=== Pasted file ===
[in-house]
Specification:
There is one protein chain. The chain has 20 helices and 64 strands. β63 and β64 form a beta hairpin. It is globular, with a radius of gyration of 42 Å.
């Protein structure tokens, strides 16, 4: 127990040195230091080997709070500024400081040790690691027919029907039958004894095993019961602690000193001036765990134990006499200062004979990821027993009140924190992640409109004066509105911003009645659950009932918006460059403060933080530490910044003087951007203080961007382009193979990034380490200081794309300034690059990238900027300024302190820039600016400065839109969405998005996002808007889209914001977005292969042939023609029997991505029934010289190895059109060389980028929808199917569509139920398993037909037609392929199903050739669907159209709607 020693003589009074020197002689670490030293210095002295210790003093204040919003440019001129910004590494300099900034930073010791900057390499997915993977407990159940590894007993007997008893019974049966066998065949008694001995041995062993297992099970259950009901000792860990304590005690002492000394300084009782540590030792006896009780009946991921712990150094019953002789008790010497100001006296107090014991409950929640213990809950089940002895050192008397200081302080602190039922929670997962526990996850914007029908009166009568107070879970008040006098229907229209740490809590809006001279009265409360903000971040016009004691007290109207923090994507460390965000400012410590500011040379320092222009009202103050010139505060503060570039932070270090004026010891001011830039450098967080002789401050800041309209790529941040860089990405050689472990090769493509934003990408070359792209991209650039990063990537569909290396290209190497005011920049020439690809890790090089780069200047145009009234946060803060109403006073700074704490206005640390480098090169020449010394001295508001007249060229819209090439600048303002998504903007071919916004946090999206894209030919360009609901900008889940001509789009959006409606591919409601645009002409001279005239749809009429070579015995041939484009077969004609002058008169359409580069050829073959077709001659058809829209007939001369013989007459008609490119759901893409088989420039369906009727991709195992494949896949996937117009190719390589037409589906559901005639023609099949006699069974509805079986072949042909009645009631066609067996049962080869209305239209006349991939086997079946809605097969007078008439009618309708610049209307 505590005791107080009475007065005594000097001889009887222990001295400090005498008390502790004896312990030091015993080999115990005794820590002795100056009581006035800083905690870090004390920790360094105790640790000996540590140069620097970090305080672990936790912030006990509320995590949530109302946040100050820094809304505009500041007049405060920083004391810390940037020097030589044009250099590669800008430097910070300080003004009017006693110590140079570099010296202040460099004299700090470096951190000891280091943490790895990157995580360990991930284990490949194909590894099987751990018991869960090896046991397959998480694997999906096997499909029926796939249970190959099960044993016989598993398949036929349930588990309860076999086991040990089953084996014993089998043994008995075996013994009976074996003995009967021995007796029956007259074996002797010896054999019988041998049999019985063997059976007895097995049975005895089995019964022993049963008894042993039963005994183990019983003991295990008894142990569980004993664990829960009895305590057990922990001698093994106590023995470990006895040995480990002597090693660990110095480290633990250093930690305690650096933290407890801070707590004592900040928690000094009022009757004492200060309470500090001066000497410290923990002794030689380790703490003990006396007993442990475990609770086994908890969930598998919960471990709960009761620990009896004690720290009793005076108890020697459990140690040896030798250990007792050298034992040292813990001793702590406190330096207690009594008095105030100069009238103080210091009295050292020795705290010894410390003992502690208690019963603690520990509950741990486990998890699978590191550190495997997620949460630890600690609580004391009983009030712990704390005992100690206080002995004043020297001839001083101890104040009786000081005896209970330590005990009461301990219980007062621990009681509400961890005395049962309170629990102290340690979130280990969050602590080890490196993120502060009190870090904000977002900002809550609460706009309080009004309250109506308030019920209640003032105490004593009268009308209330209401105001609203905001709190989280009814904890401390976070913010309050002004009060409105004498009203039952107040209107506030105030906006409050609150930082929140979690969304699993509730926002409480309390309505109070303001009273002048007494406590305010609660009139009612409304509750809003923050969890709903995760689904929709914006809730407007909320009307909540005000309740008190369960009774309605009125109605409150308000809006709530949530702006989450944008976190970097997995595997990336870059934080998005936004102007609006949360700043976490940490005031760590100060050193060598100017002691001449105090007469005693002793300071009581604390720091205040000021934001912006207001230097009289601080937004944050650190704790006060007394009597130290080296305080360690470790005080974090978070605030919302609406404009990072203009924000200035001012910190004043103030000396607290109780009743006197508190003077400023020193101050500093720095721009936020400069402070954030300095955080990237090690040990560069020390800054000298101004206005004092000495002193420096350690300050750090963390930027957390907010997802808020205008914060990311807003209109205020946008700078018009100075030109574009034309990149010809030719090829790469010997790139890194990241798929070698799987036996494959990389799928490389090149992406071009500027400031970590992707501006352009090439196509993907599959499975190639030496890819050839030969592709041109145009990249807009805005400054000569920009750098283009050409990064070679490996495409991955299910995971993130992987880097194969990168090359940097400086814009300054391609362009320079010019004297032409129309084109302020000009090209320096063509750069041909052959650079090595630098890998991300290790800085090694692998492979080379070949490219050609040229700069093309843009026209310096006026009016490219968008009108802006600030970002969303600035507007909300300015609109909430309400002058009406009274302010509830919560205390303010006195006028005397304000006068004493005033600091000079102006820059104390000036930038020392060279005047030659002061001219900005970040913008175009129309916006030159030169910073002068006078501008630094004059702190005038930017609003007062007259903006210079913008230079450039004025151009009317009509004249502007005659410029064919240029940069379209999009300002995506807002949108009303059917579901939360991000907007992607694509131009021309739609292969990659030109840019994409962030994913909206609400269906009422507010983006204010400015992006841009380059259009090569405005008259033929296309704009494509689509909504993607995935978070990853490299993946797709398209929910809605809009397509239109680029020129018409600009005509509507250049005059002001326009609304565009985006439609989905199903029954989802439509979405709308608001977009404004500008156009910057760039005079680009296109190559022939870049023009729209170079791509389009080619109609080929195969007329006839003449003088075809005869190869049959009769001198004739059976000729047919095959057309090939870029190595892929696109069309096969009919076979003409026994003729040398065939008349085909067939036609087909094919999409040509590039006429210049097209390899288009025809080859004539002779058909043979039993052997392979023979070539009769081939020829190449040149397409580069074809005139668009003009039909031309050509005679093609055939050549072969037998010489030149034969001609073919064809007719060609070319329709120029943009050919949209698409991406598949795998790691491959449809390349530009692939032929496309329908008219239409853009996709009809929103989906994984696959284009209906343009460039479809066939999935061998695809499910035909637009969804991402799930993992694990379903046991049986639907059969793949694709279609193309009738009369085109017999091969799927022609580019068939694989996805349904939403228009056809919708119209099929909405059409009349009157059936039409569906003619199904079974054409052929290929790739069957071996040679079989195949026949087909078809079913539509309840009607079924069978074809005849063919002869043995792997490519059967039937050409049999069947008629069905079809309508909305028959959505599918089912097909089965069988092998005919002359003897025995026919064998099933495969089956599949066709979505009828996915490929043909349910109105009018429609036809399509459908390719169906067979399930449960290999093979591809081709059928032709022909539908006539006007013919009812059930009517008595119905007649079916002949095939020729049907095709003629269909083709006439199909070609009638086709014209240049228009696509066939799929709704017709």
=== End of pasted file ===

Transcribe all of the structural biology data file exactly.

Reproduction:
[in-house]
Specification:
There is one protein chain. The chain has 20 helices and 64 strands. β63 and β64 form a beta hairpin. It is globular, with a radius of gyration of 42 Å.
């Protein structure tokens, strides 16, 4: 127990040195230091080997709070500024400081040790690691027919029907039958004894095993019961602690000193001036765990134990006499200062004979990821027993009140924190992640409109004066509105911003009645659950009932918006460059403060933080530490910044003087951007203080961007382009193979990034380490200081794309300034690059990238900027300024302190820039600016400065839109969405998005996002808007889209914001977005292969042939023609029997991505029934010289190895059109060389980028929808199917569509139920398993037909037609392929199903050739669907159209709607 020693003589009074020197002689670490030293210095002295210790003093204040919003440019001129910004590494300099900034930073010791900057390499997915993977407990159940590894007993007997008893019974049966066998065949008694001995041995062993297992099970259950009901000792860990304590005690002492000394300084009782540590030792006896009780009946991921712990150094019953002789008790010497100001006296107090014991409950929640213990809950089940002895050192008397200081302080602190039922929670997962526990996850914007029908009166009568107070879970008040006098229907229209740490809590809006001279009265409360903000971040016009004691007290109207923090994507460390965000400012410590500011040379320092222009009202103050010139505060503060570039932070270090004026010891001011830039450098967080002789401050800041309209790529941040860089990405050689472990090769493509934003990408070359792209991209650039990063990537569909290396290209190497005011920049020439690809890790090089780069200047145009009234946060803060109403006073700074704490206005640390480098090169020449010394001295508001007249060229819209090439600048303002998504903007071919916004946090999206894209030919360009609901900008889940001509789009959006409606591919409601645009002409001279005239749809009429070579015995041939484009077969004609002058008169359409580069050829073959077709001659058809829209007939001369013989007459008609490119759901893409088989420039369906009727991709195992494949896949996937117009190719390589037409589906559901005639023609099949006699069974509805079986072949042909009645009631066609067996049962080869209305239209006349991939086997079946809605097969007078008439009618309708610049209307 505590005791107080009475007065005594000097001889009887222990001295400090005498008390502790004896312990030091015993080999115990005794820590002795100056009581006035800083905690870090004390920790360094105790640790000996540590140069620097970090305080672990936790912030006990509320995590949530109302946040100050820094809304505009500041007049405060920083004391810390940037020097030589044009250099590669800008430097910070300080003004009017006693110590140079570099010296202040460099004299700090470096951190000891280091943490790895990157995580360990991930284990490949194909590894099987751990018991869960090896046991397959998480694997999906096997499909029926796939249970190959099960044993016989598993398949036929349930588990309860076999086991040990089953084996014993089998043994008995075996013994009976074996003995009967021995007796029956007259074996002797010896054999019988041998049999019985063997059976007895097995049975005895089995019964022993049963008894042993039963005994183990019983003991295990008894142990569980004993664990829960009895305590057990922990001698093994106590023995470990006895040995480990002597090693660990110095480290633990250093930690305690650096933290407890801070707590004592900040928690000094009022009757004492200060309470500090001066000497410290923990002794030689380790703490003990006396007993442990475990609770086994908890969930598998919960471990709960009761620990009896004690720290009793005076108890020697459990140690040896030798250990007792050298034992040292813990001793702590406190330096207690009594008095105030100069009238103080210091009295050292020795705290010894410390003992502690208690019963603690520990509950741990486990998890699978590191550190495997997620949460630890600690609580004391009983009030712990704390005992100690206080002995004043020297001839001083101890104040009786000081005896209970330590005990009461301990219980007062621990009681509400961890005395049962309170629990102290340690979130280990969050602590080890490196993120502060009190870090904000977002900002809550609460706009309080009004309250109506308030019920209640003032105490004593009268009308209330209401105001609203905001709190989280009814904890401390976070913010309050002004009060409105004498009203039952107040209107506030105030906006409050609150930082929140979690969304699993509730926002409480309390309505109070303001009273002048007494406590305010609660009139009612409304509750809003923050969890709903995760689904929709914006809730407007909320009307909540005000309740008190369960009774309605009125109605409150308000809006709530949530702006989450944008976190970097997995595997990336870059934080998005936004102007609006949360700043976490940490005031760590100060050193060598100017002691001449105090007469005693002793300071009581604390720091205040000021934001912006207001230097009289601080937004944050650190704790006060007394009597130290080296305080360690470790005080974090978070605030919302609406404009990072203009924000200035001012910190004043103030000396607290109780009743006197508190003077400023020193101050500093720095721009936020400069402070954030300095955080990237090690040990560069020390800054000298101004206005004092000495002193420096350690300050750090963390930027957390907010997802808020205008914060990311807003209109205020946008700078018009100075030109574009034309990149010809030719090829790469010997790139890194990241798929070698799987036996494959990389799928490389090149992406071009500027400031970590992707501006352009090439196509993907599959499975190639030496890819050839030969592709041109145009990249807009805005400054000569920009750098283009050409990064070679490996495409991955299910995971993130992987880097194969990168090359940097400086814009300054391609362009320079010019004297032409129309084109302020000009090209320096063509750069041909052959650079090595630098890998991300290790800085090694692998492979080379070949490219050609040229700069093309843009026209310096006026009016490219968008009108802006600030970002969303600035507007909300300015609109909430309400002058009406009274302010509830919560205390303010006195006028005397304000006068004493005033600091000079102006820059104390000036930038020392060279005047030659002061001219900005970040913008175009129309916006030159030169910073002068006078501008630094004059702190005038930017609003007062007259903006210079913008230079450039004025151009009317009509004249502007005659410029064919240029940069379209999009300002995506807002949108009303059917579901939360991000907007992607694509131009021309739609292969990659030109840019994409962030994913909206609400269906009422507010983006204010400015992006841009380059259009090569405005008259033929296309704009494509689509909504993607995935978070990853490299993946797709398209929910809605809009397509239109680029020129018409600009005509509507250049005059002001326009609304565009985006439609989905199903029954989802439509979405709308608001977009404004500008156009910057760039005079680009296109190559022939870049023009729209170079791509389009080619109609080929195969007329006839003449003088075809005869190869049959009769001198004739059976000729047919095959057309090939870029190595892929696109069309096969009919076979003409026994003729040398065939008349085909067939036609087909094919999409040509590039006429210049097209390899288009025809080859004539002779058909043979039993052997392979023979070539009769081939020829190449040149397409580069074809005139668009003009039909031309050509005679093609055939050549072969037998010489030149034969001609073919064809007719060609070319329709120029943009050919949209698409991406598949795998790691491959449809390349530009692939032929496309329908008219239409853009996709009809929103989906994984696959284009209906343009460039479809066939999935061998695809499910035909637009969804991402799930993992694990379903046991049986639907059969793949694709279609193309009738009369085109017999091969799927022609580019068939694989996805349904939403228009056809919708119209099929909405059409009349009157059936039409569906003619199904079974054409052929290929790739069957071996040679079989195949026949087909078809079913539509309840009607079924069978074809005849063919002869043995792997490519059967039937050409049999069947008629069905079809309508909305028959959505599918089912097909089965069988092998005919002359003897025995026919064998099933495969089956599949066709979505009828996915490929043909349910109105009018429609036809399509459908390719169906067979399930449960290999093979591809081709059928032709022909539908006539006007013919009812059930009517008595119905007649079916002949095939020729049907095709003629269909083709006439199909070609009638086709014209240049228009696509066939799929709704017709």